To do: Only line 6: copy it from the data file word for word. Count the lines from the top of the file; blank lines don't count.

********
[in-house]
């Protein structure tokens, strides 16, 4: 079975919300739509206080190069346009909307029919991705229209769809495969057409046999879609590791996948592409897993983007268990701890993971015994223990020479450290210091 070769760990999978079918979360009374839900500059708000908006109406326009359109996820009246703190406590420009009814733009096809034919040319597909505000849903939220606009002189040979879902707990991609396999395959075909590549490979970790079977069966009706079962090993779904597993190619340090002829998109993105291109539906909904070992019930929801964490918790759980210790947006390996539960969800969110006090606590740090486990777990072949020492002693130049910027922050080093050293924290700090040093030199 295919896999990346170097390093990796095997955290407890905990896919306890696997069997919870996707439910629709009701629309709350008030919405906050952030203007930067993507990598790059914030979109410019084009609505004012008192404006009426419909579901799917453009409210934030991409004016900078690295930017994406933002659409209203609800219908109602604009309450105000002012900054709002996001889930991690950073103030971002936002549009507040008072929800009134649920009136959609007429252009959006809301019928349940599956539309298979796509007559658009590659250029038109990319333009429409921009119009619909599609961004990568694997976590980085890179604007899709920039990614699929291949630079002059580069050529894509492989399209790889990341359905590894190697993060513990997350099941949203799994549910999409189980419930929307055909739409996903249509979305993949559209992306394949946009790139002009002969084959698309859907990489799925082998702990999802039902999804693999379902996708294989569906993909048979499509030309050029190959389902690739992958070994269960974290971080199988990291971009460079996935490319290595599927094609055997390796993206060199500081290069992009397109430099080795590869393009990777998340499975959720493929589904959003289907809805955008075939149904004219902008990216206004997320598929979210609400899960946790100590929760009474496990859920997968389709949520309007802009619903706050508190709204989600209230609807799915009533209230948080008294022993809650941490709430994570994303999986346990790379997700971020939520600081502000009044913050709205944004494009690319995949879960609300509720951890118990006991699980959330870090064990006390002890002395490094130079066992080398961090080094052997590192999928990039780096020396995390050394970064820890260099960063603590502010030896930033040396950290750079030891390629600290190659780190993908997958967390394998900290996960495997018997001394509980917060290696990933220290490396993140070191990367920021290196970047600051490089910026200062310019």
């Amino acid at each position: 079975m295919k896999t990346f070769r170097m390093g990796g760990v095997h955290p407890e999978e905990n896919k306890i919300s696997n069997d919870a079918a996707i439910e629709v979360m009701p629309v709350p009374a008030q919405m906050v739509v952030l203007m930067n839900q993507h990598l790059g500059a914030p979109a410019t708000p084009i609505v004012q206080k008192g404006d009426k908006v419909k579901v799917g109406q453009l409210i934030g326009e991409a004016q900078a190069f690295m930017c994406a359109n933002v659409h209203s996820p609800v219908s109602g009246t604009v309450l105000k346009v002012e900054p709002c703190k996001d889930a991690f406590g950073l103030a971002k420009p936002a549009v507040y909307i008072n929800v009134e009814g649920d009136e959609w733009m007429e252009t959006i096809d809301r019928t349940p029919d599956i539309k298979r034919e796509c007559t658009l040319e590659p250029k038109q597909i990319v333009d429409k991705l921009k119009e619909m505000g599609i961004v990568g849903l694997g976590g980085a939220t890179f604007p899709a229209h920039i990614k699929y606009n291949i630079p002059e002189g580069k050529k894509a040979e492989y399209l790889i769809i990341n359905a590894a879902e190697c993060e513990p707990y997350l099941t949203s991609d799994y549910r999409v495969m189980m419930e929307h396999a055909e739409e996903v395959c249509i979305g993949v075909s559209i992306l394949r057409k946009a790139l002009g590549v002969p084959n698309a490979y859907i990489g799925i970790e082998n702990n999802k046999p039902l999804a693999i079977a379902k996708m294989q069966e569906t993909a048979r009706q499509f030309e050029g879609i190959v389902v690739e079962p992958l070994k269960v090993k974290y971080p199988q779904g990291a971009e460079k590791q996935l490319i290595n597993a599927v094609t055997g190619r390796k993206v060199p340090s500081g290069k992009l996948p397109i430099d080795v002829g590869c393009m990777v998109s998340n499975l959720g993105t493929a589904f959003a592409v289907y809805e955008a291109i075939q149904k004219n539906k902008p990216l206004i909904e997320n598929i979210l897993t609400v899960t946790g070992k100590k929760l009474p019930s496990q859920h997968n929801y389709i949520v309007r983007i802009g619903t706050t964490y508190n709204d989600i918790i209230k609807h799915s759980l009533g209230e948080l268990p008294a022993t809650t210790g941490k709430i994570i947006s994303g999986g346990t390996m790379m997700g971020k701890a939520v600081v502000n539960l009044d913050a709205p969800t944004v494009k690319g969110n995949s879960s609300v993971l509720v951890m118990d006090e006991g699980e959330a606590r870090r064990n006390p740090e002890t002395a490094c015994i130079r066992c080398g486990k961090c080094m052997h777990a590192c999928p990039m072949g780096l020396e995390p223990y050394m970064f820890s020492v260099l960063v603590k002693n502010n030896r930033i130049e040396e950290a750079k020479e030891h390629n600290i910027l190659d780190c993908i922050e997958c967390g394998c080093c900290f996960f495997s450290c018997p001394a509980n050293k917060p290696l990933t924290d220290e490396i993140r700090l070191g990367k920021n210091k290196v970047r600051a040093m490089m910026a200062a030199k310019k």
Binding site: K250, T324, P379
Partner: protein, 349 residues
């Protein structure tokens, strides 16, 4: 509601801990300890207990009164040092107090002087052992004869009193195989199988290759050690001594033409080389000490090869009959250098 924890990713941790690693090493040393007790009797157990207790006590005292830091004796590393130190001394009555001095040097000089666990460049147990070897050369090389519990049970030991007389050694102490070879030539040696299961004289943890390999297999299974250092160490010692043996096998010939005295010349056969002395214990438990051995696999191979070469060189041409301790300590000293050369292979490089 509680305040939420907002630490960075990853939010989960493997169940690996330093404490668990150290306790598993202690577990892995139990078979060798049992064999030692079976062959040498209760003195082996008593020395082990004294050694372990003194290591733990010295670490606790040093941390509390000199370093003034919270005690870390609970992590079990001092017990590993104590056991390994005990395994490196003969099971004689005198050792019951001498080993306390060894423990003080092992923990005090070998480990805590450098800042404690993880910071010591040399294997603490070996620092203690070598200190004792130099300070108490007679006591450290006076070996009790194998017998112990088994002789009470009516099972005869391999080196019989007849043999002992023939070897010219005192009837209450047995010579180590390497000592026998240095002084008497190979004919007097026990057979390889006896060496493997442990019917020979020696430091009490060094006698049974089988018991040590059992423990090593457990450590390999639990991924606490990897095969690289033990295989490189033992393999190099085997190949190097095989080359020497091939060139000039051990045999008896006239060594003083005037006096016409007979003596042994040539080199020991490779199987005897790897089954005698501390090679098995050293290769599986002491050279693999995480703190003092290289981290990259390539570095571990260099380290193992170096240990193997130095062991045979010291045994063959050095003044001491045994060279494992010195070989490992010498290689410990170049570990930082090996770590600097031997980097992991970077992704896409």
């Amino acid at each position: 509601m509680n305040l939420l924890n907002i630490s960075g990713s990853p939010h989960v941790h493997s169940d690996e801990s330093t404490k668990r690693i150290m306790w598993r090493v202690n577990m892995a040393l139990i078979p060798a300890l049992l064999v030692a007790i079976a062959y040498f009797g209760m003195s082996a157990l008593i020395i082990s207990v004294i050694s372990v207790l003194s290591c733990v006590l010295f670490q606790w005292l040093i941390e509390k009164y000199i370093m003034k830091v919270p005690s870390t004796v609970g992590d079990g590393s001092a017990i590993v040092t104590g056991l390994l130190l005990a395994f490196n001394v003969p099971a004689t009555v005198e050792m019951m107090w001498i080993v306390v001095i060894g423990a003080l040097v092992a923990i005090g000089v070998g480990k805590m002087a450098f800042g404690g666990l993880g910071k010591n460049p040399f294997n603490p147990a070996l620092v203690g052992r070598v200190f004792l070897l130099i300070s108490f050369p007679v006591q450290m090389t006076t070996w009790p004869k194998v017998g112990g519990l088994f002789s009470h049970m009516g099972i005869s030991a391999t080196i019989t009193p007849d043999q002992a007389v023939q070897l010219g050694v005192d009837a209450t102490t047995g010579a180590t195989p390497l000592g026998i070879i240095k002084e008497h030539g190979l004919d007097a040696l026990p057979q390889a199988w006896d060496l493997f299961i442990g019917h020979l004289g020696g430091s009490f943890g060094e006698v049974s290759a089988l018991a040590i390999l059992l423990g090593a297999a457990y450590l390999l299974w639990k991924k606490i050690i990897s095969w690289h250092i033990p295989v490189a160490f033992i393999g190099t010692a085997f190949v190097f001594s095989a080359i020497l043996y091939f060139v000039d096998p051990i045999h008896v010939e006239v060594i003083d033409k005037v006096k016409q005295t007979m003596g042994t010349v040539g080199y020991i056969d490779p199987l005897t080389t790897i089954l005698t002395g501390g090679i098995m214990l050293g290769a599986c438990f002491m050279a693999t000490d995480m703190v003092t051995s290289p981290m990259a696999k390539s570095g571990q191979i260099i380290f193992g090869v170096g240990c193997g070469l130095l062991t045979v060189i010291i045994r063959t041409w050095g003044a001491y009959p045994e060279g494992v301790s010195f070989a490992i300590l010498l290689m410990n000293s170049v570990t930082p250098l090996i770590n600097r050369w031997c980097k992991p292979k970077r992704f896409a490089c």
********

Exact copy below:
């Protein structure tokens, strides 16, 4: 509601801990300890207990009164040092107090002087052992004869009193195989199988290759050690001594033409080389000490090869009959250098 924890990713941790690693090493040393007790009797157990207790006590005292830091004796590393130190001394009555001095040097000089666990460049147990070897050369090389519990049970030991007389050694102490070879030539040696299961004289943890390999297999299974250092160490010692043996096998010939005295010349056969002395214990438990051995696999191979070469060189041409301790300590000293050369292979490089 509680305040939420907002630490960075990853939010989960493997169940690996330093404490668990150290306790598993202690577990892995139990078979060798049992064999030692079976062959040498209760003195082996008593020395082990004294050694372990003194290591733990010295670490606790040093941390509390000199370093003034919270005690870390609970992590079990001092017990590993104590056991390994005990395994490196003969099971004689005198050792019951001498080993306390060894423990003080092992923990005090070998480990805590450098800042404690993880910071010591040399294997603490070996620092203690070598200190004792130099300070108490007679006591450290006076070996009790194998017998112990088994002789009470009516099972005869391999080196019989007849043999002992023939070897010219005192009837209450047995010579180590390497000592026998240095002084008497190979004919007097026990057979390889006896060496493997442990019917020979020696430091009490060094006698049974089988018991040590059992423990090593457990450590390999639990991924606490990897095969690289033990295989490189033992393999190099085997190949190097095989080359020497091939060139000039051990045999008896006239060594003083005037006096016409007979003596042994040539080199020991490779199987005897790897089954005698501390090679098995050293290769599986002491050279693999995480703190003092290289981290990259390539570095571990260099380290193992170096240990193997130095062991045979010291045994063959050095003044001491045994060279494992010195070989490992010498290689410990170049570990930082090996770590600097031997980097992991970077992704896409």